Tag Archives: Introduction

Introducing the 2014 Group: Bishop’s University

Emily Parker

Emily Parker

Hello everyone! My name is Emily Parker and I am currently enrolled in the Elementary Education program at Bishop’s University. I just finished my second year in the program. I am someone that cannot stay in one place. I love to travel, meet new people and be active! My favourite sports are rugby and soccer, as well as skiing in the winter time. Some of my other hobbies include: cooking and baking; consequently I love reading as many different kinds of vegetarian, vegan and raw cookbooks as possible; seeing how I am a vegetarian! I have a big family composed of my mother, older brother, step-dad, two step-sisters and one step-brother (I am the youngest). You could say I’m one lucky girl!

My expectations in Malawi are not to have any too specifically, because I hope to take the entire experience day by day and live it to the fullest! However, I look forward to developing the Grade 2 curriculum with the 3 other education girls. We already got the chance to work together a little bit and it went very well; we fed off each other’s ideas wonderfully. That is why I am so eager to continue on this project with them in Malawi. I also look forward to developing my secondary research focus which is to create and incorporate a realistic nutrition component into our curriculum based on their local farming resources. All in all, I want this experience to be all about learning and sharing knowledge not only with the others on the trip, but with the locals of the area. Let’s be honest; I’M EXCITED!

 

Xiaoting Sun

Xiaoting Sun

Hey, everybody. My name is Xiaoting Sun. I am a 23 year old international student of Bishop’s University. I am from south of China—Guilin, which is a very famous tourist site in China. This is my second year in Canada and my major is economics. This summer I also teach some students Chinese. I am kind of an outgoing girl. I love traveling as through travel we can see a lot of things which we cannot imagine, and learn something which we cannot find in the textbook. You will have a fresh look to this world and also the people who is beside you. I like watching movie and after watching I like talking about the plot with my friends. I like dancing, work-out, shopping with friends, and beautiful clothes like all the girls like.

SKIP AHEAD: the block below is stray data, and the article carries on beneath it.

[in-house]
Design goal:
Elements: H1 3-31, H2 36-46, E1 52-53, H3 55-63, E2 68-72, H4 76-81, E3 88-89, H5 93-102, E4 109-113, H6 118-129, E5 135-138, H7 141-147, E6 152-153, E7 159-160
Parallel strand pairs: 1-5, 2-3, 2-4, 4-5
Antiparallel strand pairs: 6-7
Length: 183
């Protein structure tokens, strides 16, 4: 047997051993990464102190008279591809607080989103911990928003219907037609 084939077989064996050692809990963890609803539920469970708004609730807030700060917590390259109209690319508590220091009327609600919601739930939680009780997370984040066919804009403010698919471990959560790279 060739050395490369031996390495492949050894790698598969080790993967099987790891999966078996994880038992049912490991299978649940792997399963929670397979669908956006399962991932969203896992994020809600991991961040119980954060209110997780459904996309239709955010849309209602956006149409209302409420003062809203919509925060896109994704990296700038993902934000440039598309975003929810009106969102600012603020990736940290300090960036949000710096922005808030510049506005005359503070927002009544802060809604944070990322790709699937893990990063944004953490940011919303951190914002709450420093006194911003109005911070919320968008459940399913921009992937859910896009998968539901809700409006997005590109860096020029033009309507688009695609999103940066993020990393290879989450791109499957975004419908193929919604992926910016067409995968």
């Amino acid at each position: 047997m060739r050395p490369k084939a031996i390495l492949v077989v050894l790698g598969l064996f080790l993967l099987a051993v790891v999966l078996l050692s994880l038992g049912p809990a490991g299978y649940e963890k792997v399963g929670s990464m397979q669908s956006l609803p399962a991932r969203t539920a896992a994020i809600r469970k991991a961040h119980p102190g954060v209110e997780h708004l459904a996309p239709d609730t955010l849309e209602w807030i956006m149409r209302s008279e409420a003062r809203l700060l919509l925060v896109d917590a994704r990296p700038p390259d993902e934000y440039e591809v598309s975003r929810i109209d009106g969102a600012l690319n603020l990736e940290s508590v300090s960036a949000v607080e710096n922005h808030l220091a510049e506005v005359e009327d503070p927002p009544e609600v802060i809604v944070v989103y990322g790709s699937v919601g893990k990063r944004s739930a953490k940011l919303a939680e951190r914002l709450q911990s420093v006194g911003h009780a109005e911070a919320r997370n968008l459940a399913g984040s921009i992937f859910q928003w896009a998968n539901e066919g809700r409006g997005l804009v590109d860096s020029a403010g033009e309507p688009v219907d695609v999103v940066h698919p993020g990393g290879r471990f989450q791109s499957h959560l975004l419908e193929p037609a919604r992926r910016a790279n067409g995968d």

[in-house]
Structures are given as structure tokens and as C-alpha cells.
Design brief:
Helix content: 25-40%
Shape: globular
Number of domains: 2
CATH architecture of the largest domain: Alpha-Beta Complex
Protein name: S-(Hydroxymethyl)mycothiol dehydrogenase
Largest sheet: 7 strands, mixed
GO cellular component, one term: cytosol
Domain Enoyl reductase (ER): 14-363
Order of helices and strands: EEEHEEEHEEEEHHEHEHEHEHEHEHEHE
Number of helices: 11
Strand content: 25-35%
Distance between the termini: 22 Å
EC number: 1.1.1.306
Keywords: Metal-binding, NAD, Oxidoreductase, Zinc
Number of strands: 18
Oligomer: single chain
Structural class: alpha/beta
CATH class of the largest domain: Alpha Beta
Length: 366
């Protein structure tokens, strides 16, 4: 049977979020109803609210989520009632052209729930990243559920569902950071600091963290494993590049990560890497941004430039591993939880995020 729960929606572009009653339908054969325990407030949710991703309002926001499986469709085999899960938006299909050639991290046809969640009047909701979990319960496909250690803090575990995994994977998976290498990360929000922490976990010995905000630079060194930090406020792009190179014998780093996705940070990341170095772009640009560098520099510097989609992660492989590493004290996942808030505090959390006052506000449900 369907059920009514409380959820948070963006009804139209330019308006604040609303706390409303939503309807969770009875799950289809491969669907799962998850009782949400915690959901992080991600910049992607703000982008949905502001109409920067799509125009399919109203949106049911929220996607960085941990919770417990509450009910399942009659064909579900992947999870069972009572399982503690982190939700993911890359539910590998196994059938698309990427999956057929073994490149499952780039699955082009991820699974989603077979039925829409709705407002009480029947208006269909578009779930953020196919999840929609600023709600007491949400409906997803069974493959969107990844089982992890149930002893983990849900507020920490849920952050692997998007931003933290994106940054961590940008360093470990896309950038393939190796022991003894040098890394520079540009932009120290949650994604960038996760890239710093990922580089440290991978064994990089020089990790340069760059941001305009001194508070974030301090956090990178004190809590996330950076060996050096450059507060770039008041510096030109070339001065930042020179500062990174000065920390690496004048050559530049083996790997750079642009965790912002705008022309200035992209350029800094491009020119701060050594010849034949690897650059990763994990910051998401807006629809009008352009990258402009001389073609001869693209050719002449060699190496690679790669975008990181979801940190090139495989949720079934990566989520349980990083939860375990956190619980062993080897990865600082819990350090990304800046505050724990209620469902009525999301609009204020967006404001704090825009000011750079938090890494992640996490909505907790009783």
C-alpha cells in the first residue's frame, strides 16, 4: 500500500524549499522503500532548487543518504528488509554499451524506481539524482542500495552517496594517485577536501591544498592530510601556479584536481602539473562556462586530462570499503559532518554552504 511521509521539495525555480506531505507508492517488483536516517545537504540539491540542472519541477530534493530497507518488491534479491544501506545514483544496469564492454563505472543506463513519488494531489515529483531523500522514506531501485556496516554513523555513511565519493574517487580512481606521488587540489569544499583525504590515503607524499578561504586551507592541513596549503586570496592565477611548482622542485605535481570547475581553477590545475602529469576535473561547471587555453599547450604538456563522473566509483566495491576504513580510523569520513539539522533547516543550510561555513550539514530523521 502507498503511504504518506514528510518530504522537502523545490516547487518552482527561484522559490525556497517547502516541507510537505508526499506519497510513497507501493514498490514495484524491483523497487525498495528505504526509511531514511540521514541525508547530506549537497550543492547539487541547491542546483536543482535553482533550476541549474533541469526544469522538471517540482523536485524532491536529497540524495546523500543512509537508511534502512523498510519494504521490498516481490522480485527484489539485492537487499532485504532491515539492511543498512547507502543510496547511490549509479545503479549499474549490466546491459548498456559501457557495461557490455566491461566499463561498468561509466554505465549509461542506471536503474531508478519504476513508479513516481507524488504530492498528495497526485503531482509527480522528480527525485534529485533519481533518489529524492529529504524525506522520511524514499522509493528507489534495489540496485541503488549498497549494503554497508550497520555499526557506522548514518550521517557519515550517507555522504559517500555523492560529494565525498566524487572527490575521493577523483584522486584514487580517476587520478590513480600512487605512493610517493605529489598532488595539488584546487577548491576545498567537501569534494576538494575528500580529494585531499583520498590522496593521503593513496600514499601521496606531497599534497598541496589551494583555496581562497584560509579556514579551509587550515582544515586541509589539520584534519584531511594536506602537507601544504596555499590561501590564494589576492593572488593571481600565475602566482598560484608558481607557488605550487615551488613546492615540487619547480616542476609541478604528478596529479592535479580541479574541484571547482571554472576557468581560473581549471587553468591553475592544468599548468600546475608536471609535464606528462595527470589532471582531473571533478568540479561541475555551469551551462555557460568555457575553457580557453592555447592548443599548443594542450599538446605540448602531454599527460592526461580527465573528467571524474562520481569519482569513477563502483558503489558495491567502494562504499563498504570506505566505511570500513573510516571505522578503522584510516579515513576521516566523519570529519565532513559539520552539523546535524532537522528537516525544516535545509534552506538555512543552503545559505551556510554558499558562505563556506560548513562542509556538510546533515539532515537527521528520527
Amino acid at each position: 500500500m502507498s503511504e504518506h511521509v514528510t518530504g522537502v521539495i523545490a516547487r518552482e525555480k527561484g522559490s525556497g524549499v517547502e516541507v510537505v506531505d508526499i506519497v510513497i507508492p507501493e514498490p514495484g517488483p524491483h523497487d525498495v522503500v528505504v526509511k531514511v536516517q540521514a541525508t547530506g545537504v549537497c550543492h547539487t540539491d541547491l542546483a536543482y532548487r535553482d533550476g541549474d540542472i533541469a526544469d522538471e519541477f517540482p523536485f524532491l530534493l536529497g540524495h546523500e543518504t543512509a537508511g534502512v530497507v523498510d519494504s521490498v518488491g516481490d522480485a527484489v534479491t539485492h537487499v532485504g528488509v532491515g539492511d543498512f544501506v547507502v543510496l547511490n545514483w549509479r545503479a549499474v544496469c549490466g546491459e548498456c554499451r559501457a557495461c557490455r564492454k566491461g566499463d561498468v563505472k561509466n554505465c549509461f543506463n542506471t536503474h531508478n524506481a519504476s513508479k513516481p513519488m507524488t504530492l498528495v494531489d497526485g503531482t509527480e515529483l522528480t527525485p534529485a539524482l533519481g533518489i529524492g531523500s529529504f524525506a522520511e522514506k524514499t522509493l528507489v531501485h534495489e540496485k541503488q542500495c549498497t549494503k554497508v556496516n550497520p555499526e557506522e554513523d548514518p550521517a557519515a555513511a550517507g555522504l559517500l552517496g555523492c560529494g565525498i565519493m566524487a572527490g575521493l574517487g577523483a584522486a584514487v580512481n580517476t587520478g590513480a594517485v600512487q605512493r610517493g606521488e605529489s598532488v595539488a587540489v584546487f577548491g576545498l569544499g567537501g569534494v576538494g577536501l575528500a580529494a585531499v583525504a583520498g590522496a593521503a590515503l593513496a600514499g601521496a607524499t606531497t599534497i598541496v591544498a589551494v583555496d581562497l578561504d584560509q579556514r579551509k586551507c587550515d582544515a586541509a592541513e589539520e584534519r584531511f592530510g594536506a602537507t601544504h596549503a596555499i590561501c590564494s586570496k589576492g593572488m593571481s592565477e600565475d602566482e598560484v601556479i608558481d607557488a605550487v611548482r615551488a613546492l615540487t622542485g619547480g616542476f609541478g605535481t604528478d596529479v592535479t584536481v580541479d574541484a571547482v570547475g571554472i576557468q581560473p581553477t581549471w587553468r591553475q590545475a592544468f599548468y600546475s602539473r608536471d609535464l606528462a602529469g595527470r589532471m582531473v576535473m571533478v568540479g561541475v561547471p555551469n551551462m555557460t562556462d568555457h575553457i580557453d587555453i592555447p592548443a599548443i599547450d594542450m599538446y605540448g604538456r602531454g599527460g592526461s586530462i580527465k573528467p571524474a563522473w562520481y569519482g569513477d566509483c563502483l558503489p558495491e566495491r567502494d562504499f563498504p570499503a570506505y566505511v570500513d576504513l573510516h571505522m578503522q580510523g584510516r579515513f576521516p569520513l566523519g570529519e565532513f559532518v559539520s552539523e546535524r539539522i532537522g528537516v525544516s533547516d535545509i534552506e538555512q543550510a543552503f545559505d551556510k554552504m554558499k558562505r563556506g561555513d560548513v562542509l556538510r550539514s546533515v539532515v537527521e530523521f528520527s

The focus of my research is about understand how a micro-loan project can help the local people change their economic situation and improve their quality of life. Moreover, what kind of financial help they really need. I am just excited and nervous about it as after tomorrow our fantastic adventure will begin!!! Hoping the people and animals like us.

 

Megan Blair

Megan Blair

My name is Megan Blair and I will be going into my second year at Bishop’s University in International Studies. I am someone who is relatively outgoing and I enjoy being around people just as much as I enjoy my alone time. I am a very active person and sports have always been an important part of my life. My favorite sports consist of soccer and snowboarding. I have a passion and a desire to travel. I have not been all over the world but traveling the world is definitely on my to-do list. I have been blessed with the opportunity to travel to Haiti four times (on humanitarian trips) since the earthquake in 2010. That is where I discovered my passion for helping others and contributing to something bigger than myself. One of my favourite parts of going to Haiti is meeting the people and getting the chance to talk to them. I really enjoy making a difference in people’s lives and I feel like Praxis Malawi will offer me so much more than a simple Humanitarian trip. People have told me that you can’t go to a country expecting to change the lives of millions of people. But what I have learnt is that to the few people whose lives I may have touched, it matters to them.

Praxis Malawi will help me to grow as a person and as a student. It will be challenging and I expect it will change me in so many ways. I hope to embrace this amazing opportunity to learn from others – those traveling with the group and the people we will meet in Malawi. I am hoping that this opportunity as well as the chance to interact with people from such diversified backgrounds will open my eyes to different programs of study that may be of interest to me. As well, I am hoping to discover a little more about myself. I am hoping this trip will allow me to see my own full potential and what I can accomplish.